After a bloody battle, the English burn down the fort and kill many women and children. The Naragancets were forced to flee right into the arms of the Pokanokets and their allies. They had been attacked and had no choice to join the war.

The pilgrims could not have survived that first winter without the help of Massasoit and his Pokanokets. But as time went on, the English forgot the debt they owed to these people. The want for land was too tempting. Is there someone to blame? I'm not sure. Miles Standish was an aggressive soldier whose murder of Wituamit probably set the course for how things would go from then on. I think William Bradford did what he thought was right. Then he stood up for Squanto, which began the deterioration between the two groups.
Benjamin Church, however, is portrayed as a hero in this book. Do I consider him a hero? Let's look at what he's done.
He was the prototype frontiersman. On the island on which he lived, he had great relationships with the Indians, especially with the female sachum of the area. After a few blunders at the beginning of the war, he finally found his footing as a soldier. He revolutionanized warfare at the time. He took his friendly Indians and learned from them how to track Indians. Instead of finding a killing the Natvies, he took to finding and capturing them. If he couldn't persuade them to join his small army, then he would sell them into slavery. People look at him as a hero because he was more humane toward the Indians because at a time when everyone was suspicious and bitter toward the Native Americans, he took them in his company and fought and learned from them. He quelled the violence by trying to create alliances. What a great thing to do! How nice and friendly of him! But then he made a killing selling them to the West Indies and to the Carribean. This man almost single-handedly began the North American Slave Trade. Can we dub him a hero?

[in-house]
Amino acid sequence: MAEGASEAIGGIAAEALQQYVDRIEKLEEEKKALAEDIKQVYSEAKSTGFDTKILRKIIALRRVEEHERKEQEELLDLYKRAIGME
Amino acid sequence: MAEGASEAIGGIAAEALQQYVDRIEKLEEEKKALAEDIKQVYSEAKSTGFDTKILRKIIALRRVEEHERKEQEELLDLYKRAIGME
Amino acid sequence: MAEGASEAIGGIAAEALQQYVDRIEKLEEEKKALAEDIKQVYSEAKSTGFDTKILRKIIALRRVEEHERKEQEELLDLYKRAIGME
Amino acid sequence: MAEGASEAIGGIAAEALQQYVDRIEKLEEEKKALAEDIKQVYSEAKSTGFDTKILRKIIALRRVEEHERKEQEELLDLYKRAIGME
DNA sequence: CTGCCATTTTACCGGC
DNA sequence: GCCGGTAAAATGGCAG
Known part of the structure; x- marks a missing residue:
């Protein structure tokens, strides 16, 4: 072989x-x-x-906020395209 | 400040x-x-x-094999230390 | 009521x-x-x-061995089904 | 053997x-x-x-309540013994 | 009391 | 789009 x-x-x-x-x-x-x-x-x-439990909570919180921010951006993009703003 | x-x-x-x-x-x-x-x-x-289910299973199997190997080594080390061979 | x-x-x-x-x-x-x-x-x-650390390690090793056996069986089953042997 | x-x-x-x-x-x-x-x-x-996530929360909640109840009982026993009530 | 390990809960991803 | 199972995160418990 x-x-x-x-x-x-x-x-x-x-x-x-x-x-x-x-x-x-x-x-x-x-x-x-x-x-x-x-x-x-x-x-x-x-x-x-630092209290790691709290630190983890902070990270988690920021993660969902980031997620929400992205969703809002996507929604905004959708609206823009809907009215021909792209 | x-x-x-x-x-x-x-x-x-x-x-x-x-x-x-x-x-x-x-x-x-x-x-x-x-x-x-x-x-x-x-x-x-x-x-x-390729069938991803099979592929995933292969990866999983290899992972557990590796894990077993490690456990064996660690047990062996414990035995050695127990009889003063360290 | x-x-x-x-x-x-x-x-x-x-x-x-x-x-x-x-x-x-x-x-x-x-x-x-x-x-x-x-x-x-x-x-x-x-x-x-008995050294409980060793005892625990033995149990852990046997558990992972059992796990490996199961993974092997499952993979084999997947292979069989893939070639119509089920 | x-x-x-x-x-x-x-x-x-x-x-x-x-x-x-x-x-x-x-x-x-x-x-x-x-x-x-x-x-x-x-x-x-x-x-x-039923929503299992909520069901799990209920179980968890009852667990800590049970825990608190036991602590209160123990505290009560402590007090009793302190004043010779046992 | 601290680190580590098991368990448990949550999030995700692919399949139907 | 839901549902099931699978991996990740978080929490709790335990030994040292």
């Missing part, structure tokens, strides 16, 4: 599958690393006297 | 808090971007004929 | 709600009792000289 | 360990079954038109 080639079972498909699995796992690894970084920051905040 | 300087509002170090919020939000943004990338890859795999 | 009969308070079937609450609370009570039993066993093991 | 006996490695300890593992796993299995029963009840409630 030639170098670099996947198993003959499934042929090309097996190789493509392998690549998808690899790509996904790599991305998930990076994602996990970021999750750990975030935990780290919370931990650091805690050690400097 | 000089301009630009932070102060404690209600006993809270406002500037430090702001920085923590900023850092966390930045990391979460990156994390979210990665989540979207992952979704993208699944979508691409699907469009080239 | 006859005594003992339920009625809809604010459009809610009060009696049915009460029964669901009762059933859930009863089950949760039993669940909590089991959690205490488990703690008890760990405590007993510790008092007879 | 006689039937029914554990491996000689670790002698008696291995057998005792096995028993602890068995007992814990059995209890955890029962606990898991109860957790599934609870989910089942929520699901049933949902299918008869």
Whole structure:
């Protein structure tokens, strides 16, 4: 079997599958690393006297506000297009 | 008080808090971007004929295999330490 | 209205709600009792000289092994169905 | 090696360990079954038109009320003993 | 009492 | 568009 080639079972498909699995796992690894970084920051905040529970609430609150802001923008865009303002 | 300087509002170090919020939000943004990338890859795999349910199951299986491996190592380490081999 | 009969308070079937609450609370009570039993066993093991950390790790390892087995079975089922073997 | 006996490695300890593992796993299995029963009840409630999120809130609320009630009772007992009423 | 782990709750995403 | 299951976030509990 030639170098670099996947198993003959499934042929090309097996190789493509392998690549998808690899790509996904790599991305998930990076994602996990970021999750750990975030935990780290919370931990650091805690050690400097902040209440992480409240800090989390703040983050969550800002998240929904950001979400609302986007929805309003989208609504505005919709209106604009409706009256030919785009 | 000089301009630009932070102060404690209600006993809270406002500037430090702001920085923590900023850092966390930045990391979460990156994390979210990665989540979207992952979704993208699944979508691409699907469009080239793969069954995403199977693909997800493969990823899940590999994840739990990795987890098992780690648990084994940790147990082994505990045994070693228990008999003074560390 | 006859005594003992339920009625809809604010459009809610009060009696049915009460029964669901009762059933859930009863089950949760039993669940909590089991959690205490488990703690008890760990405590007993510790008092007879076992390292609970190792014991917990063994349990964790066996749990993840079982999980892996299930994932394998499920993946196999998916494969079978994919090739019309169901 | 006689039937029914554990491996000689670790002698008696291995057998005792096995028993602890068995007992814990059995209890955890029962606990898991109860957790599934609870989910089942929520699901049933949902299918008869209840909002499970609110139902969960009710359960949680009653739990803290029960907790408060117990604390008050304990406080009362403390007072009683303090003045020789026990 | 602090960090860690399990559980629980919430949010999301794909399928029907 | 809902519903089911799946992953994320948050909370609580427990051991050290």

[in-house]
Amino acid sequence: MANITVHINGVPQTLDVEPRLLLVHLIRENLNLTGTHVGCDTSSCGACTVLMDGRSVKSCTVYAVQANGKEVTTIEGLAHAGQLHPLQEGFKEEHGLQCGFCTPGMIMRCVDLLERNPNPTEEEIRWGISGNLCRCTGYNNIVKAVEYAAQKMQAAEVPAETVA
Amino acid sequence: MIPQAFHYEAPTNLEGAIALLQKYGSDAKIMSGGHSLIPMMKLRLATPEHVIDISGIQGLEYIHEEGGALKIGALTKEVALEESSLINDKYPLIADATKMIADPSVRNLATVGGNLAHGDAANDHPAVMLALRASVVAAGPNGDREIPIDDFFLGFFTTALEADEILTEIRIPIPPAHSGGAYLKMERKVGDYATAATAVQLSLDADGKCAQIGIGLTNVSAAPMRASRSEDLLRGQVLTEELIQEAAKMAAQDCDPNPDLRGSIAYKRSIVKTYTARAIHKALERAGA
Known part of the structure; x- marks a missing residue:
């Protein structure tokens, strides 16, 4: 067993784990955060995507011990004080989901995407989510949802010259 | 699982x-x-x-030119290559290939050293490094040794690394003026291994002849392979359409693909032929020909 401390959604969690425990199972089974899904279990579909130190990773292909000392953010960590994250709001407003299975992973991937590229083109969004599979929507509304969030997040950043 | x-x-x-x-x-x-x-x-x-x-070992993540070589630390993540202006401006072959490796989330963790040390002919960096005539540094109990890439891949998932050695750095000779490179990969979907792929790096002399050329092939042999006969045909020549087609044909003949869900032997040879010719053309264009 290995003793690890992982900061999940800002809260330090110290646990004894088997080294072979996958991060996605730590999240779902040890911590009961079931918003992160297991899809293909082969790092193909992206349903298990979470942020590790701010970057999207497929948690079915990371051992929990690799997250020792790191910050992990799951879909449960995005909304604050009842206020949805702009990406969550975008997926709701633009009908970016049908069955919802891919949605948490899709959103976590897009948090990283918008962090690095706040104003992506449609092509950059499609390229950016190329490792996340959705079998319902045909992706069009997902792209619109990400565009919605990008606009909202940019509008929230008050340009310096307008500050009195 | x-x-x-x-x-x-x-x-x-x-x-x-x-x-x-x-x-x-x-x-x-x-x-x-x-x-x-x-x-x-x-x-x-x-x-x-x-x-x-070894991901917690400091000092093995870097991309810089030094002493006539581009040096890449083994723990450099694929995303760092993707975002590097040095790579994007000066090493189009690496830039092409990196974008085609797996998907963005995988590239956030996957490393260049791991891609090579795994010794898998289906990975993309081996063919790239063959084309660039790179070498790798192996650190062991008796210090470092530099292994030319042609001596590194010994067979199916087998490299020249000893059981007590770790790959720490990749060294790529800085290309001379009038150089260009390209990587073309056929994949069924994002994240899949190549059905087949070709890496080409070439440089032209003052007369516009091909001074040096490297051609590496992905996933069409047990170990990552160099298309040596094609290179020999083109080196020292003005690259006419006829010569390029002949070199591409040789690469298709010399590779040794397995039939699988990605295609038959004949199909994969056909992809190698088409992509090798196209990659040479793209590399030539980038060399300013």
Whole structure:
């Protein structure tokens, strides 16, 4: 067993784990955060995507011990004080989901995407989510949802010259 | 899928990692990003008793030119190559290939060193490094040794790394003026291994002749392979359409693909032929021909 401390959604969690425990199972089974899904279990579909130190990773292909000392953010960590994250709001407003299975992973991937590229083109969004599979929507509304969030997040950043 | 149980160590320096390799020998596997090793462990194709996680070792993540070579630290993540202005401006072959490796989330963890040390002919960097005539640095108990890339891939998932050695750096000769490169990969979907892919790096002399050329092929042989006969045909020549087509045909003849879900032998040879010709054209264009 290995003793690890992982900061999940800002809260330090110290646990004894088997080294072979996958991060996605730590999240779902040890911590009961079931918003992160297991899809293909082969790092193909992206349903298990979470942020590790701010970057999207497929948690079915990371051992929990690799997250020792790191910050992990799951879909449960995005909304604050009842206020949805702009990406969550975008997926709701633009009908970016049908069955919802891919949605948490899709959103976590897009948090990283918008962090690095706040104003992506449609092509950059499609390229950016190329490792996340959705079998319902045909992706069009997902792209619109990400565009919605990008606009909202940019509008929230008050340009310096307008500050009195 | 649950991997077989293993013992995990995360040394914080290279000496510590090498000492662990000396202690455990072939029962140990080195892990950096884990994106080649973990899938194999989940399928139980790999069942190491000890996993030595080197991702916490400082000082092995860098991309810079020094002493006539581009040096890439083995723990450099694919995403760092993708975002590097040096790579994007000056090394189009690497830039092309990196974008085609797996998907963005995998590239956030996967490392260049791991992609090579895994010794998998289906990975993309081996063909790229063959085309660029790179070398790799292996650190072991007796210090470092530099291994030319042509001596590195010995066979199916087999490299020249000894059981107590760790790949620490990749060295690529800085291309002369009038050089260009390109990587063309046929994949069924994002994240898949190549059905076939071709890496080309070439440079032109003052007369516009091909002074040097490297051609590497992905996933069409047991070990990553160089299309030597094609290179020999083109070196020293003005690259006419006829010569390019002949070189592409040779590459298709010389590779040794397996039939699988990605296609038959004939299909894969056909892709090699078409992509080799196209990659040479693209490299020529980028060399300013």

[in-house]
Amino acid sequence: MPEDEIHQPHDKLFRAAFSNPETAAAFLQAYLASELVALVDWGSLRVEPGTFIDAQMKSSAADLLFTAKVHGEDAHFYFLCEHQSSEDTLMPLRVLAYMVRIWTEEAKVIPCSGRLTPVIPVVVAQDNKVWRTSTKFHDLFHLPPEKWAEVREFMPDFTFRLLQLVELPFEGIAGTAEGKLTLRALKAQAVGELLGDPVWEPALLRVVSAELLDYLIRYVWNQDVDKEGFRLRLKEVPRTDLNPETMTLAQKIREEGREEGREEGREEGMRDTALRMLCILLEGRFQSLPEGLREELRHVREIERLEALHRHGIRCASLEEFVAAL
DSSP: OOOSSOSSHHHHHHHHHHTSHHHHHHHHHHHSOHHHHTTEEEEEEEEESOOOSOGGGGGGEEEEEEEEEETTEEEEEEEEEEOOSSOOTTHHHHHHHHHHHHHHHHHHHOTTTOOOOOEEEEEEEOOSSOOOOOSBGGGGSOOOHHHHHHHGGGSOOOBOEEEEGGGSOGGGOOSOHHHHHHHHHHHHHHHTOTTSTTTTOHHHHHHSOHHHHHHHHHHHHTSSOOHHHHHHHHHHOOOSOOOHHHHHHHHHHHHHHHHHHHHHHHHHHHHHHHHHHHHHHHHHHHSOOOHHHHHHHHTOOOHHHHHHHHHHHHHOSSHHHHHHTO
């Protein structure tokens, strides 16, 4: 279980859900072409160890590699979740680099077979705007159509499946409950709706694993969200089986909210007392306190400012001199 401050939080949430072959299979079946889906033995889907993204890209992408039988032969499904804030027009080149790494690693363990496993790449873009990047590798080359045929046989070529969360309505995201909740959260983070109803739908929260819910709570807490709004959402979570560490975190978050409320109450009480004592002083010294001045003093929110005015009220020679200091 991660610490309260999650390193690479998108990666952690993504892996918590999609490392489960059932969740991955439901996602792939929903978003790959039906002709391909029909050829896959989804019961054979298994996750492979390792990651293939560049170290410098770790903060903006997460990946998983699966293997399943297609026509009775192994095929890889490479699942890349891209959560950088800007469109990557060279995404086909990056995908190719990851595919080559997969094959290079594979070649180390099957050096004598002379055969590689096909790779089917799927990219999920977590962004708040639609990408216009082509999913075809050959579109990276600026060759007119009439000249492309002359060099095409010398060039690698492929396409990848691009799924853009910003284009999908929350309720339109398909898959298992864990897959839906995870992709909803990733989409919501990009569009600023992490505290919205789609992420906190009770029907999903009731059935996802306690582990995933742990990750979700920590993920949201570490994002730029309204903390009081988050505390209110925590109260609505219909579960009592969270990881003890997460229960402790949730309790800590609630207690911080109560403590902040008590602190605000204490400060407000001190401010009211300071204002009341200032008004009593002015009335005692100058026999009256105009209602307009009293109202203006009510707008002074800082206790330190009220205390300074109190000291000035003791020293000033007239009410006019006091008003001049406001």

In the end, it turns out that the English and the Indians were both brtual and greedy. But I have to side with the Indians because they tried to help the new comers. When their thirst for land got out of control and made obsolete the treaties of their fathers, then the Indians had to defend themselves and their way of life. Obviously, they lost. Not just King Philip's War (which was not due to the Puritans, but rather to the Mohawks showing up from the north), but lost everything. The English in the 17th century started out playing nice and then demonized the Natives and took whatever they wanted through violence and manipulation.Which brings me to my final conclusion: the only thing worse than a Nazi is a Puritan.